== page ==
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Allergy to Peanuts imPacting Emotions And Life (APPEAL): the impact of peanut allergy on children, adolescents, adults and caregivers in France
Allergy, Asthma & Clinical Immunology volume 16, Article number: 86 (2020)
Peanut allergy (PA) has increased in developed countries and can have a dramatic effect on quality of life but data surrounding this is limited in France. Allergy to Peanuts imPacting Emotions And Life study (APPEAL) investigated the experience and impact of living with PA in France.
Respondents affected by PA directly (children aged 8–12 years, teenagers aged 13–17 years, or adults aged ≥ 18 years) or indirectly (caregiver) completed either an online questionnaire (APPEAL-1, N = 198), or provided in-depth interviews (APPEAL-2, N = 32). Quantitative data was evaluated using descriptive statistics. Qualitative data was analysed thematically, using MAXQDA software.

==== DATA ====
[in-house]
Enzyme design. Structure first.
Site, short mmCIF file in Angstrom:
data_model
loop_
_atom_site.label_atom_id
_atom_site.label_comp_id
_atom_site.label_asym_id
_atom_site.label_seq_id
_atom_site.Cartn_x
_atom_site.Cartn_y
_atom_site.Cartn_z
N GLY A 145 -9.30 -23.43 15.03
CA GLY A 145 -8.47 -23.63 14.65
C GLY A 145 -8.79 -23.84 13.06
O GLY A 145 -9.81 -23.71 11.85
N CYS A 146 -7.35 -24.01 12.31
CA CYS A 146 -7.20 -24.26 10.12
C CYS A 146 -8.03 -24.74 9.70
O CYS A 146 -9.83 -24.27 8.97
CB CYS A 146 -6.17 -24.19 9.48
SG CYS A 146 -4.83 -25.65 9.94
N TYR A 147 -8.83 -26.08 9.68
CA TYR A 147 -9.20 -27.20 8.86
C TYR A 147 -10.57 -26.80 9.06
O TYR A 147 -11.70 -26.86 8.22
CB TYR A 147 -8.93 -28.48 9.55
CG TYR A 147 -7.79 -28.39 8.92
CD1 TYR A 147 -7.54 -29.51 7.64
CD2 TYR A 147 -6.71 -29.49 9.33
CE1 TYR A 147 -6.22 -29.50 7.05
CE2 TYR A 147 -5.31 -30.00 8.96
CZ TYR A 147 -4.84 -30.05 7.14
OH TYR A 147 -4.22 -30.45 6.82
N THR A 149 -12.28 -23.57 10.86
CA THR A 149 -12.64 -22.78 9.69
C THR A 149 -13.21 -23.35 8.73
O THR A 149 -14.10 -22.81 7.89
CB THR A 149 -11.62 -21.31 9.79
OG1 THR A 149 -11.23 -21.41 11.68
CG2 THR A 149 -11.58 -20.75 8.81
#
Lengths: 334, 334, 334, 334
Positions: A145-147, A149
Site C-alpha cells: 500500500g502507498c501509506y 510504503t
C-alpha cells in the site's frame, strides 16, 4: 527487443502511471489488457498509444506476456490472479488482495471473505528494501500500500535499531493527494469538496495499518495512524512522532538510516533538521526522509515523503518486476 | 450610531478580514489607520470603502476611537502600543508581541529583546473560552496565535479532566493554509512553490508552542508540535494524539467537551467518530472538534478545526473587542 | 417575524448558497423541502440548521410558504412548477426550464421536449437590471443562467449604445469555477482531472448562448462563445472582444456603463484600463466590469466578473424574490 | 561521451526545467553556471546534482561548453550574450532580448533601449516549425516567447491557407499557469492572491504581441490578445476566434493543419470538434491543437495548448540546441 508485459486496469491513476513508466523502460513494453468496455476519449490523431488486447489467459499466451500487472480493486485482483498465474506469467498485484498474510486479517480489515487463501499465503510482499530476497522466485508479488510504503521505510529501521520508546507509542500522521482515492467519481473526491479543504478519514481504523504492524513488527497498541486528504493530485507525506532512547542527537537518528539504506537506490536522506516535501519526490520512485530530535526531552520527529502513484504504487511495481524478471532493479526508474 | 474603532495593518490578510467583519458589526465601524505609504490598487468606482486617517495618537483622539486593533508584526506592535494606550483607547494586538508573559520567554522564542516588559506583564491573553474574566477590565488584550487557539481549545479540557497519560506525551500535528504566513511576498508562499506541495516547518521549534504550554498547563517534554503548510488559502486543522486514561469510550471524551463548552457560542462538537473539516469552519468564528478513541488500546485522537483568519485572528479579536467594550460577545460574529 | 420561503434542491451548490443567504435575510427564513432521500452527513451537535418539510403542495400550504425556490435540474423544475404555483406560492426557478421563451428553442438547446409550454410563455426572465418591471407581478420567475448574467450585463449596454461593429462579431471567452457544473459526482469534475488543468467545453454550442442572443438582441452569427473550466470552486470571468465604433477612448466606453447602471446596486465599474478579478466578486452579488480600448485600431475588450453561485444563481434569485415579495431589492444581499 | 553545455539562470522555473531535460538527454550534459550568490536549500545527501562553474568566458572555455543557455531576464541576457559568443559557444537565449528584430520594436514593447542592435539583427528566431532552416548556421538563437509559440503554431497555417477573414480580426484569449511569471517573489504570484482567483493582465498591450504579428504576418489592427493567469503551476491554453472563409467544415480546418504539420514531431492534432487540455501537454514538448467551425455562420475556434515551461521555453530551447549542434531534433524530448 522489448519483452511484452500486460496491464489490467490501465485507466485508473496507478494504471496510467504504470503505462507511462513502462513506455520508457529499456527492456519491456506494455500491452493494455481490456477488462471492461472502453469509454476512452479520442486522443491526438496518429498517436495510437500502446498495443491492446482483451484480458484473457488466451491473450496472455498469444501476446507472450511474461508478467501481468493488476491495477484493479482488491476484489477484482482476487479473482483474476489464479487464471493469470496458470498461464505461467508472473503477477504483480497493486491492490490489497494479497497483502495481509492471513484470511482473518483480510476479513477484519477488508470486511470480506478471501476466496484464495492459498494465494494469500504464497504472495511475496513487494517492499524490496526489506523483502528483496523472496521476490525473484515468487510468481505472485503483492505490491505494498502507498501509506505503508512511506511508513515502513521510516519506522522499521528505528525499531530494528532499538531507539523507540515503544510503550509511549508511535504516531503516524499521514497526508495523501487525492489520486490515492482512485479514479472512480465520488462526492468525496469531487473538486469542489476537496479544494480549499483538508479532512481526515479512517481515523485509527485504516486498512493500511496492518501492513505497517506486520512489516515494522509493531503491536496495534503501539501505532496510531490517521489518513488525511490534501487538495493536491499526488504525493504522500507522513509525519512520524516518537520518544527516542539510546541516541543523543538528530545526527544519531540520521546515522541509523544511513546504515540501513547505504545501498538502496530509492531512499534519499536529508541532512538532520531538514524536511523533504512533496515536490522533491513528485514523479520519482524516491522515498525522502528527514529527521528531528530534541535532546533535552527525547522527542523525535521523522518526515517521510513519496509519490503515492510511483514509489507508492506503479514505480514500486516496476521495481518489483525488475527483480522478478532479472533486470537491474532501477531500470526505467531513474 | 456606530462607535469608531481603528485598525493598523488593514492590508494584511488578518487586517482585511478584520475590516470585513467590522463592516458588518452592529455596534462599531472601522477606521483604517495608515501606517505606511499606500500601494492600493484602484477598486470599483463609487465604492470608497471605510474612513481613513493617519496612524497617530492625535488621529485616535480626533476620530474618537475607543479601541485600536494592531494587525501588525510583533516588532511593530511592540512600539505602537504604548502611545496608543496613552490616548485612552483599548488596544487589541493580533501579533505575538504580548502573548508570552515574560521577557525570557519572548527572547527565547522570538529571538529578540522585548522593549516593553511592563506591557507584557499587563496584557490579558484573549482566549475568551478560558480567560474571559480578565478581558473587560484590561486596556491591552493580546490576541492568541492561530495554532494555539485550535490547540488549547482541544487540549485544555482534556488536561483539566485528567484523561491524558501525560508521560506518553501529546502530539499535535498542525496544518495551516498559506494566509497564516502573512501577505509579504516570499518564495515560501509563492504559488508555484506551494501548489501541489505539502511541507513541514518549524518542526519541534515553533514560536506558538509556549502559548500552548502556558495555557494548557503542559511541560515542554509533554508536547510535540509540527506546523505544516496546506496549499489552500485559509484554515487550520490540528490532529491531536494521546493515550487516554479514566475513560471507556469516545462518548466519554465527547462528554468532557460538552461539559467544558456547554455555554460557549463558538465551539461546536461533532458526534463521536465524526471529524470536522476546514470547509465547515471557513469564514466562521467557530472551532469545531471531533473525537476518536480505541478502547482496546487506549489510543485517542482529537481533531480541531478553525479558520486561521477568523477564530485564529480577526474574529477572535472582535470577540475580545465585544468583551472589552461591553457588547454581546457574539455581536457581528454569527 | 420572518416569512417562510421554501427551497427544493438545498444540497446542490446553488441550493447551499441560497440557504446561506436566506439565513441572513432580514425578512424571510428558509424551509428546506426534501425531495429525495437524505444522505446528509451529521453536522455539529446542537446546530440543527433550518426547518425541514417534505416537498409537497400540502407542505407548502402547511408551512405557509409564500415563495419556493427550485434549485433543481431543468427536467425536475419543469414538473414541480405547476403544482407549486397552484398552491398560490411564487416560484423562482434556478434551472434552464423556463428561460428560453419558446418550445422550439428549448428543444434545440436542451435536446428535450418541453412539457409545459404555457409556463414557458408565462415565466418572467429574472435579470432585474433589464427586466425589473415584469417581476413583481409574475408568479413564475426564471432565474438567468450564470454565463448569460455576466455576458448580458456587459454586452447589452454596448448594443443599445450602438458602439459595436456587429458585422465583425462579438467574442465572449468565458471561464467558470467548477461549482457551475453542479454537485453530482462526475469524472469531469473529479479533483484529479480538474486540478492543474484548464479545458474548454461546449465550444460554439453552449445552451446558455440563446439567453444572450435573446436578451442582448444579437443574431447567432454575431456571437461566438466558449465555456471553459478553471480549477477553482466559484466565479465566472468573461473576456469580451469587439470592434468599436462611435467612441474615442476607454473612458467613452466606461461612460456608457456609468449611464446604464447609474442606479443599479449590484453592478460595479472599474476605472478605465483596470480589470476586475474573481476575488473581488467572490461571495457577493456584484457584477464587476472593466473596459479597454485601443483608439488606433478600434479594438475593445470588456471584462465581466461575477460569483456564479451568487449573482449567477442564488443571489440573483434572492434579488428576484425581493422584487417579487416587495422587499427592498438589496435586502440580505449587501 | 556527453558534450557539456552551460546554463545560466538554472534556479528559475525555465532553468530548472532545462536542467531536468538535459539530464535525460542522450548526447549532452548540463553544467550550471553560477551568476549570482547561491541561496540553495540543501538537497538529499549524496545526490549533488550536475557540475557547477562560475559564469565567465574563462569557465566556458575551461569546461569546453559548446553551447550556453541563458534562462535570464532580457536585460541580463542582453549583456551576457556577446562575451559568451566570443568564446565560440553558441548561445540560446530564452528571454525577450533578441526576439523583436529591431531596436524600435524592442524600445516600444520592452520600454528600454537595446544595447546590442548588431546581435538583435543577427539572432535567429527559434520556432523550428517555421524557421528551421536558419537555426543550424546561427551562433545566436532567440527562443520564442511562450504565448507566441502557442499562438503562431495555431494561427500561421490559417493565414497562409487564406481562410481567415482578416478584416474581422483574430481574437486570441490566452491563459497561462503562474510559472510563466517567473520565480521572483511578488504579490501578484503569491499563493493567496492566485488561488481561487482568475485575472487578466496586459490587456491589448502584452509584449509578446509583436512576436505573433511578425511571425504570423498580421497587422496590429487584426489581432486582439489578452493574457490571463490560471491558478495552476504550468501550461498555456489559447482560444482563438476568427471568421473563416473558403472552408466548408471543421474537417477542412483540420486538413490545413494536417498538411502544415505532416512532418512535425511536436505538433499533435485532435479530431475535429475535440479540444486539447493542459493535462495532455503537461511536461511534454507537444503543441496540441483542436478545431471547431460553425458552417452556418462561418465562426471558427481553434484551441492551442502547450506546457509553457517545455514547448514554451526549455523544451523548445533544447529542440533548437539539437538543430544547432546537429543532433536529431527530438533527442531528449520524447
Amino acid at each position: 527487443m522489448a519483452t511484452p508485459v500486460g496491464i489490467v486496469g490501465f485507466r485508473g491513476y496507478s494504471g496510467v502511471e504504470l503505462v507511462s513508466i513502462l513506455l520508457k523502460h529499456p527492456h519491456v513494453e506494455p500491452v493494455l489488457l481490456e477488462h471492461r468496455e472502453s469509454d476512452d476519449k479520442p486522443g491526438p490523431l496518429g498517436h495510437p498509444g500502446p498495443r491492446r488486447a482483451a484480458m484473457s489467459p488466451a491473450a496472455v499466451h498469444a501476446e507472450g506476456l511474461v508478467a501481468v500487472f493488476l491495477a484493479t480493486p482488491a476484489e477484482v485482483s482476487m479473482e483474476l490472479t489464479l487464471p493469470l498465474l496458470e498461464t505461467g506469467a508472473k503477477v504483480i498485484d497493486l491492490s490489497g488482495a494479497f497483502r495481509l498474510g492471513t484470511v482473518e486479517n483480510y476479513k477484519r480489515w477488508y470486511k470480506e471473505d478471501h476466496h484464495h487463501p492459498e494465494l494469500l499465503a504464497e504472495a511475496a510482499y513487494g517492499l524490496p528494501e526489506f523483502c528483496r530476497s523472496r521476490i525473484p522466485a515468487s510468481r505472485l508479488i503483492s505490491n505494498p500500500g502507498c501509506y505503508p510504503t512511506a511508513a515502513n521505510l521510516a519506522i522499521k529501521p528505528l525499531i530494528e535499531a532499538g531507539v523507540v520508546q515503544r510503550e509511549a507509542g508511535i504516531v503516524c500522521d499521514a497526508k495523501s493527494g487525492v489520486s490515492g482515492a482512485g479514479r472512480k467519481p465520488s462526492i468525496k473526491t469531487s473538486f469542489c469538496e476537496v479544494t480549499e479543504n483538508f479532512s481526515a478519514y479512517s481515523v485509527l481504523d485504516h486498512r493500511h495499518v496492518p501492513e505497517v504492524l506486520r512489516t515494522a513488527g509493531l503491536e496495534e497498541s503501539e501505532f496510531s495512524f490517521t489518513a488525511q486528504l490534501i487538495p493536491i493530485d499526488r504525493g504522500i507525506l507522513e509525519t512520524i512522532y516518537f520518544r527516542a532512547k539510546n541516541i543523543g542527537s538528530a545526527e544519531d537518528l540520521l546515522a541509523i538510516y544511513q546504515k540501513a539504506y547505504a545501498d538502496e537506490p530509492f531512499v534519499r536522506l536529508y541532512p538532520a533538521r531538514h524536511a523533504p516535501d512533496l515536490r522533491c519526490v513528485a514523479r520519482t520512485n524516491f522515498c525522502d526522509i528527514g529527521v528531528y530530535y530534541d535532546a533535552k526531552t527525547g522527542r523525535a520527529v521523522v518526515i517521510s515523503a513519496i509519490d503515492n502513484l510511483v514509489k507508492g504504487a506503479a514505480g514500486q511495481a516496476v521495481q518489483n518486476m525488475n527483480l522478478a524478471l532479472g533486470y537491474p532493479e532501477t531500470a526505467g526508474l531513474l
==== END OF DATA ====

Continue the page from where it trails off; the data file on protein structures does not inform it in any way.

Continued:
Of 198 responders in APPEAL-1, 88% stated that PA affects their daily activities, and 74% felt isolated as a result of living with PA. Feelings of worry about exposure to peanuts on social occasions where food is involved was reported by 91%. A total of 44% reported some restrictions in their job options, 85% in socializing. Psychological impact of PA included responders feeling emotions of frustration (89%), uncertainty (87%), and stress (93%) and 93% reporting encountering instances of feeling different due to their PA. Main factors that drove PA impact included social activities and relationships; whereas main coping strategies to avoid peanuts included monitoring, communication and planning.